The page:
Most of us have the annual thought, typically around the New Year or spring, that we need to eat healthier foods. That can mean swapping your daily soda with lemon water or eating carrots and hummus instead of chips. The intention is there, but the follow through is not. The majority of Americans have become accustomed to a diet rich in processed foods, sweets, refined grains, fried foods, and saturated fats, all of which negatively affect your intentions to eat healthier foods.
It’s easy to read that and say, “Well, then it’s not my fault.” No, it is your fault if you make the decision to eat those foods, which have trained your taste buds to crave them. That being said, you can retrain your taste buds to crave healthier foods the same way you influenced your taste buds to crave unhealthy foods. According to several brain imaging studies, sugar and fat are addictive substances that are comparable to substances like morphine or heroin. Hyper-palatable foods establish a neuro-chemical addiction, meaning that you may be chemically dependent on the very foods that you are trying to eliminate from your diet.
Taste buds have an average lifespan of ten days, meaning that your body is constantly producing new ones throughout adulthood. If this is the case, then it is possible to retrain them to crave fewer refined foods and enjoy refreshing, nutrient-dense plant-based foods instead. When you eliminate dairy products, gluten, refined sugars, and other processed foods from your diet, you’ll notice that they taste different, perhaps sweeter or saltier, than they did before. Use the following tips to get started on developing taste buds that crave healthier foods.
To Start The Retraining Process
Eliminate Sweet & Salty Foods:
In order to eliminate your dependence on these foods, you have to remove them from your diet. For optimal results, eliminate them from your diet for about two to three weeks to help you establish a new baseline for flavors. During this time, you should introduce umami, bitter, or sour flavors into your diet. These foods include mushrooms, miso, pickled or fermented foods, and leafy greens. This helps to condition your taste buds to crave those healthier foods, which possess similar salty and sweet flavors.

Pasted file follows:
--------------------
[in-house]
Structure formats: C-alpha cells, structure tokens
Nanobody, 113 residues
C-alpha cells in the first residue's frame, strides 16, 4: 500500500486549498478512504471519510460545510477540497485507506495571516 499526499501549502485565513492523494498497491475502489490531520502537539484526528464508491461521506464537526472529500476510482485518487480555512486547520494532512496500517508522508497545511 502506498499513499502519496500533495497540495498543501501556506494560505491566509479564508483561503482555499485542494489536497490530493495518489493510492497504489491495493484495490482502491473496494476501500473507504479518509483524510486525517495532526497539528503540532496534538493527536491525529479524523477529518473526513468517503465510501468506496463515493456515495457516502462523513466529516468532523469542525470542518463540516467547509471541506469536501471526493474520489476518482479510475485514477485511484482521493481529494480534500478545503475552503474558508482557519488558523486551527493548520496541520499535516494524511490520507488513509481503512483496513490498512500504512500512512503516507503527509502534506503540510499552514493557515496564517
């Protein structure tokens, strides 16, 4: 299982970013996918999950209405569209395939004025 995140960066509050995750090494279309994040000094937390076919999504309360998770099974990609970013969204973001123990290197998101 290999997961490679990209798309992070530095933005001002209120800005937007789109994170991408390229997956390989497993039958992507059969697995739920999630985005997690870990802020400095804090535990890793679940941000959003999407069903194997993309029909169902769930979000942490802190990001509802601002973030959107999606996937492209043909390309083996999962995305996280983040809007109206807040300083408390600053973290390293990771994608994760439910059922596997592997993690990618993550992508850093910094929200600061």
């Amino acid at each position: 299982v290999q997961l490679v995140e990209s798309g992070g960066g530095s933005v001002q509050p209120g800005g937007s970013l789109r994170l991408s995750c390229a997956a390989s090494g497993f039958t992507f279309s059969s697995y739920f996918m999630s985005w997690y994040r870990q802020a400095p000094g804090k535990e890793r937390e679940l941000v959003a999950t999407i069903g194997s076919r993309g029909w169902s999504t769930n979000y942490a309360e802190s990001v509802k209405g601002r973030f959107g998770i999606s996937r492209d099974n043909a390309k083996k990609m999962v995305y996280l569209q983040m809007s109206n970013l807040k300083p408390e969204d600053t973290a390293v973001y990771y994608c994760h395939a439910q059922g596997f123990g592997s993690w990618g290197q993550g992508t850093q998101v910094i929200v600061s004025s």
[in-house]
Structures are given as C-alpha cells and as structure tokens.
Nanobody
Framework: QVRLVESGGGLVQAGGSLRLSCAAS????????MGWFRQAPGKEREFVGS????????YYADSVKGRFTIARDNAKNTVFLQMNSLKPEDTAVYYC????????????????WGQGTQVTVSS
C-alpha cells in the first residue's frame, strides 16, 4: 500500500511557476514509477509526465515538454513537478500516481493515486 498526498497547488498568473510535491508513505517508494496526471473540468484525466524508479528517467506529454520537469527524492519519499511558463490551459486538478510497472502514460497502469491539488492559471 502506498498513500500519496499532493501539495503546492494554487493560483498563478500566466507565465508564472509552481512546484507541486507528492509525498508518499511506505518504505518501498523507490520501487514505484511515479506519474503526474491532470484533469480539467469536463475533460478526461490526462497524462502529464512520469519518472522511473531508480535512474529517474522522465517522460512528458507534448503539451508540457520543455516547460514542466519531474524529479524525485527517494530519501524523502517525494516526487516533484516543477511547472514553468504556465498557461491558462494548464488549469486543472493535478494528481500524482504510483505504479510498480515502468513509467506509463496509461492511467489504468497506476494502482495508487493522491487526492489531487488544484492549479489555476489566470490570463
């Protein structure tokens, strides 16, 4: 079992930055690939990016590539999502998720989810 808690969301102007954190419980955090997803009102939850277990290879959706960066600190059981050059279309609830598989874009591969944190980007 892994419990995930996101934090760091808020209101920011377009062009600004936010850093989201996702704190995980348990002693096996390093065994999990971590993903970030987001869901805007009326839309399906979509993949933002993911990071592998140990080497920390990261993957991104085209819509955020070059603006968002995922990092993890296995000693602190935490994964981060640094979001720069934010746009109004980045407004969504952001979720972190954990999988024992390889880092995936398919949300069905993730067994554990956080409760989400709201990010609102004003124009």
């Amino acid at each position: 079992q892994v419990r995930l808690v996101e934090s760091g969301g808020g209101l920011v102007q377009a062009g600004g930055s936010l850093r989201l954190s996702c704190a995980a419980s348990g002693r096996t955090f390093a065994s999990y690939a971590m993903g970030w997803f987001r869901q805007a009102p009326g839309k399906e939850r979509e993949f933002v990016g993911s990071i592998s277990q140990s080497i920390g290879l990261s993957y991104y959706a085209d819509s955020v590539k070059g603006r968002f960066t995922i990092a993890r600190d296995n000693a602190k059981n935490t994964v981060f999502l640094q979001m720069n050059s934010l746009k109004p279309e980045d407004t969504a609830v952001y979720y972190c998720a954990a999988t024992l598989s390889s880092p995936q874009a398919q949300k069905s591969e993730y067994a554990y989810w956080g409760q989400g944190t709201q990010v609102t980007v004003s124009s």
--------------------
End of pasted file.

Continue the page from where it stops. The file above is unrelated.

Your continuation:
Practice Mindful Eating:
Mindful eating is the practice of being present and in the moment when you sit down to eat a meal. Don’t watch TV or scroll through social media; rather, just be there with your food. You’ll find that this practice helps you enjoy wholesome foods and reduce stress. Eventually, you will be able to reintroduce certain salty or sweet foods to your diet. A few mindful bites of some chips or a piece of cake will satisfy your craving and you won’t need to indulge any further.
To Overcome Fat Cravings:
When it comes to eliminating cravings for fatty foods, it’s all about the substitution game. If you like to bake, use organic unsweetened applesauce in place of butter, because they both add the same rich consistency. You really need to pay attention to the oils you use, though. Vegetable, soybean, corn, and safflower oils contain too many omega-6 fatty acids, whereas olive, avocado, and coconut oils are rich in omega-3 fatty acids. Too many omega-6 fatty acids in the body can increase the risk of cardiovascular disease. Processed foods are also rich in safflower, soybean, or corn oils, so avoid them as well. Focus on omega-3s to avoid cravings for fatty foods.
To Overcome Salty Cravings:
First thing’s first: get your butt in the kitchen and start cooking from scratch. A high percentage of people regularly eat out or purchase pre-made frozen meals, and these dishes are often packed with sodium or added flavors. When you cook at home, you are in control of how much salt you consume, and there won’t be added preservatives. Additionally, and we can’t stress this enough, eliminate deli meats and frozen meals from your diet because they worsen your salt addiction. Finally, try to find substitute seasonings for salt. Himalayan pink salt and sea salt are healthier options, but you can also use other spices and dulse flakes to avoid using salt.
To Overcome Sugar Cravings:
When it comes to reducing sugar cravings, most people don’t look for the right foods to eliminate. They may stop consuming baked goods and processed foods, but some of the biggest sugar sources are soft drinks and alcohol. These greatly affect blood sugar levels, causing spikes and crashes that can make you crave sugary foods even when you aren’t hungry. Swap your cup of coffee with herbal tea, your soda with water, and try to avoid the sugary mixed alcoholic drinks. A glass of red wine here and there won’t be the worst thing for your health.
Ultimately, eating healthy is all about rhythm. Once you find your groove, you’ll be able to keep repeating your steps and advance to the next level. Set weekly goals to build confidence and you’ll be eating healthy foods without thinking about it in not time.